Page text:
In 1849, visiting the English lakes, Cairns met Wordsworth, from whom he elicited some characteristic views on philosophy and the descriptive graces of Cowper. Interesting himself in public questions at home, he delivered his first great platform speech at Berwick in 1856, when he successfully combated a proposal favouring the introduction into Scotland of the methods of the continental Sunday. In 1857, he addressed in German the members of the Evangelical Alliance in Berlin, having been chosen to represent English-speaking Christendom on the occasion. Edinburgh University in 1858 conferred on him the honorary degree of D.D., and in 1859, on the death of John Lee (1779-1859), principal of Edinburgh University, he declined the invitation of the Edinburgh town councillors to be nominated as his successor.[1]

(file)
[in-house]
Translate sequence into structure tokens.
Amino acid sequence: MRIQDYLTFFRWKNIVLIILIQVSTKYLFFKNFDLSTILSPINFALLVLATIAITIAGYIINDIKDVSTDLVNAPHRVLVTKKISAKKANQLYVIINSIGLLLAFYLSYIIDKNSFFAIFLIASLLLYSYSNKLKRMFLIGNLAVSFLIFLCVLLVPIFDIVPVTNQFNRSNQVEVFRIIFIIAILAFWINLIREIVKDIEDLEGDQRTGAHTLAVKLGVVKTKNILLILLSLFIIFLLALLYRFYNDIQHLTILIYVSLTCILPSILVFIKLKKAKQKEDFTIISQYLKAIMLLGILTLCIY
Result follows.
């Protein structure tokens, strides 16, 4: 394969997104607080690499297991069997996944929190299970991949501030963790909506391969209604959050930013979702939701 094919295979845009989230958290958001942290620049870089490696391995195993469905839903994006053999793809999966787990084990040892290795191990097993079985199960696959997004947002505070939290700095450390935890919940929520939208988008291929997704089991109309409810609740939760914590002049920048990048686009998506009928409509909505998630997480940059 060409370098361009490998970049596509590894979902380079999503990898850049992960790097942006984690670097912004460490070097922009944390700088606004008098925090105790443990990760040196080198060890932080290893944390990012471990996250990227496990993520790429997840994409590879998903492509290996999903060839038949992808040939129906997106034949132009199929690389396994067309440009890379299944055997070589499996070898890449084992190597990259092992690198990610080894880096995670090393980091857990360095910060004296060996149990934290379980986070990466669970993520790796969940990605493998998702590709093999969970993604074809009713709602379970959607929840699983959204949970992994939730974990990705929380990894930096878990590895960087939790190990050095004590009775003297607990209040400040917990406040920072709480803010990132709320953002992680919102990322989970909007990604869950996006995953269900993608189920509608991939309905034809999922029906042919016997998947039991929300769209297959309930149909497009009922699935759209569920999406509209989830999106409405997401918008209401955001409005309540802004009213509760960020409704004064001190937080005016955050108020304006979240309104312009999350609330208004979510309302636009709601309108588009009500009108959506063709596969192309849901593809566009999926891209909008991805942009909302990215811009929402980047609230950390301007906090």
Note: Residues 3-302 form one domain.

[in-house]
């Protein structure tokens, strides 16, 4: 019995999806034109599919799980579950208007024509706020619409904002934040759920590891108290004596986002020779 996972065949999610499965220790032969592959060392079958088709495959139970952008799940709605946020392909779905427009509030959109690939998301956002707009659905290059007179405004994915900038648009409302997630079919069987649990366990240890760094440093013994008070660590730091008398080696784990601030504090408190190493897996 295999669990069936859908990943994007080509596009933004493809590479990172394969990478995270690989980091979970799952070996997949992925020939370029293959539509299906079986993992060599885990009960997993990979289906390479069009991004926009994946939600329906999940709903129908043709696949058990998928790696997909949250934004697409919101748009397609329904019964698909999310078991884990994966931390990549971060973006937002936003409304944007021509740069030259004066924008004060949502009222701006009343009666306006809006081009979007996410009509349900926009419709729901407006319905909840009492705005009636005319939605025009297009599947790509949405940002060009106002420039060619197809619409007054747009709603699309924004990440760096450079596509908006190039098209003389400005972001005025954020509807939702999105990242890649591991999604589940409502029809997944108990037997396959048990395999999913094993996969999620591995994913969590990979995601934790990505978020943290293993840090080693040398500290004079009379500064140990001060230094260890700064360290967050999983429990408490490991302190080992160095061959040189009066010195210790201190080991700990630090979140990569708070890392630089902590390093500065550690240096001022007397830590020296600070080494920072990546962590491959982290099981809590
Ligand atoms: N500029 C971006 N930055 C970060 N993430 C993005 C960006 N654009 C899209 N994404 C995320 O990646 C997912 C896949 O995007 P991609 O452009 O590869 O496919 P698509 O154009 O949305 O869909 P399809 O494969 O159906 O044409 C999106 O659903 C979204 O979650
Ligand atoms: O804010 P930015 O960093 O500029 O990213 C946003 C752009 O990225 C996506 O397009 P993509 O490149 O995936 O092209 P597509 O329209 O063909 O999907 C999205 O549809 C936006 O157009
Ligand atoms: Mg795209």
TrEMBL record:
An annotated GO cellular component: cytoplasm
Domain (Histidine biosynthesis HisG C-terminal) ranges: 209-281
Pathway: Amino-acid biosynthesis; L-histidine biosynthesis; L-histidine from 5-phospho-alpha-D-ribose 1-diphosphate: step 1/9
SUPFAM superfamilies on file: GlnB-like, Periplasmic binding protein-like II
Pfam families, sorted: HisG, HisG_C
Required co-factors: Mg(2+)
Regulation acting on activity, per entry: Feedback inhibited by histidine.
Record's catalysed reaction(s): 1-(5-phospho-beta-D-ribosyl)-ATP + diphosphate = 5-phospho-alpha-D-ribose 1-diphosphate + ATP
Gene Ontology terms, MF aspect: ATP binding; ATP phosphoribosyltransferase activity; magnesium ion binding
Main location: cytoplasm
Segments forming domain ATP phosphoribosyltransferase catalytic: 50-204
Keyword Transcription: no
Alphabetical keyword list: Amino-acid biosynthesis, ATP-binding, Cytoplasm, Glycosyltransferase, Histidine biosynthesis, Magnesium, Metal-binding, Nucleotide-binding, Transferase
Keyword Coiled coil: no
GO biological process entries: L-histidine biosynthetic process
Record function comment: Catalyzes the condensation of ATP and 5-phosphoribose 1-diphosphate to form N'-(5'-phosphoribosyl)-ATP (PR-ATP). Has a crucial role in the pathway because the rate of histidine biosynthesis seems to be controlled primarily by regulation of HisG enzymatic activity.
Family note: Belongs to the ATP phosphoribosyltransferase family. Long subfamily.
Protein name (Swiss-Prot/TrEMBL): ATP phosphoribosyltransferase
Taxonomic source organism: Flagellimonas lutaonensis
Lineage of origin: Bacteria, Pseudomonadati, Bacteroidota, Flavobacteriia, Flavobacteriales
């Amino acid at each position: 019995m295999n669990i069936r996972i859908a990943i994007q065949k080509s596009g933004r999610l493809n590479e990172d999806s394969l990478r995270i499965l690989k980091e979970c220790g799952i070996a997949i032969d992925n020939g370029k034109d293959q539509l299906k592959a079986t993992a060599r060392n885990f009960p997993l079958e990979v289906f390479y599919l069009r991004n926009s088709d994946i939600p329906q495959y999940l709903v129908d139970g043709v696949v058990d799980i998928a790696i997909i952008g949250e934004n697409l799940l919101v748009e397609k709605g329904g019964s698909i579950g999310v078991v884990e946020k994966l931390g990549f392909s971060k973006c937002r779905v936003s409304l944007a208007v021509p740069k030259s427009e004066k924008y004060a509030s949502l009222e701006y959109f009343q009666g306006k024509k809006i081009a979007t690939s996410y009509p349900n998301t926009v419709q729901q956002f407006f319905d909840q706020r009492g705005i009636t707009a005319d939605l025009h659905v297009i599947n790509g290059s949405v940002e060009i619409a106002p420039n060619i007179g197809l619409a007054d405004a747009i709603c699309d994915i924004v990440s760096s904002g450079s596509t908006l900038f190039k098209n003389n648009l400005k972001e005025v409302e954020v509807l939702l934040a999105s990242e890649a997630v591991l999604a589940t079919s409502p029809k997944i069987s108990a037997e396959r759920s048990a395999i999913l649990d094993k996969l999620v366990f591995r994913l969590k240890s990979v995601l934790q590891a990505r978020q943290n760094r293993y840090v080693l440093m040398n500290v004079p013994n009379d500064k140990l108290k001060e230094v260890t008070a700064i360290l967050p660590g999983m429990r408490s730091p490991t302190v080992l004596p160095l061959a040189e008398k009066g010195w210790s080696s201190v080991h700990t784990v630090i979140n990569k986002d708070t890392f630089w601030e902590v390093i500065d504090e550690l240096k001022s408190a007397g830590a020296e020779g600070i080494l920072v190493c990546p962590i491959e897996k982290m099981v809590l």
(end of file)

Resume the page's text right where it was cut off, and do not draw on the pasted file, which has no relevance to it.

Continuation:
From 1863 to 1873, the question of union between the United Presbyterian Church and the Free Church of Scotland occupied much of Cairn's attention, but the difficulty was unripe for settlement. Meanwhile, in August 1867, Cairns became professor of apologetics in the United Presbyterian Theological Hall, retaining his charge at Berwick. His students testify to his zeal and success, especially recalling his insistence on the essential harmony between culture and reason. His numerous engagements impaired his strength, and in the autumn of 1868 he recruited on the continent, continuing the process next spring by a walking tour on the Scottish borders, and spending the following autumn in Italy. In May 1872, he was moderator of the United Presbyterian synod, and a few weeks later he officially represented his church in Paris at the first meeting of the Reformed Synod of France. On 16 May 1876, he was appointed joint professor of systematic theology and apologetics with James Harper, principal of the United Presbyterian Theological College. On 18 June, he preached a powerful and touching farewell sermon to an enormous congregation, thus severing his official connection with Berwick, where, however, he frequently preached afterwards.[1]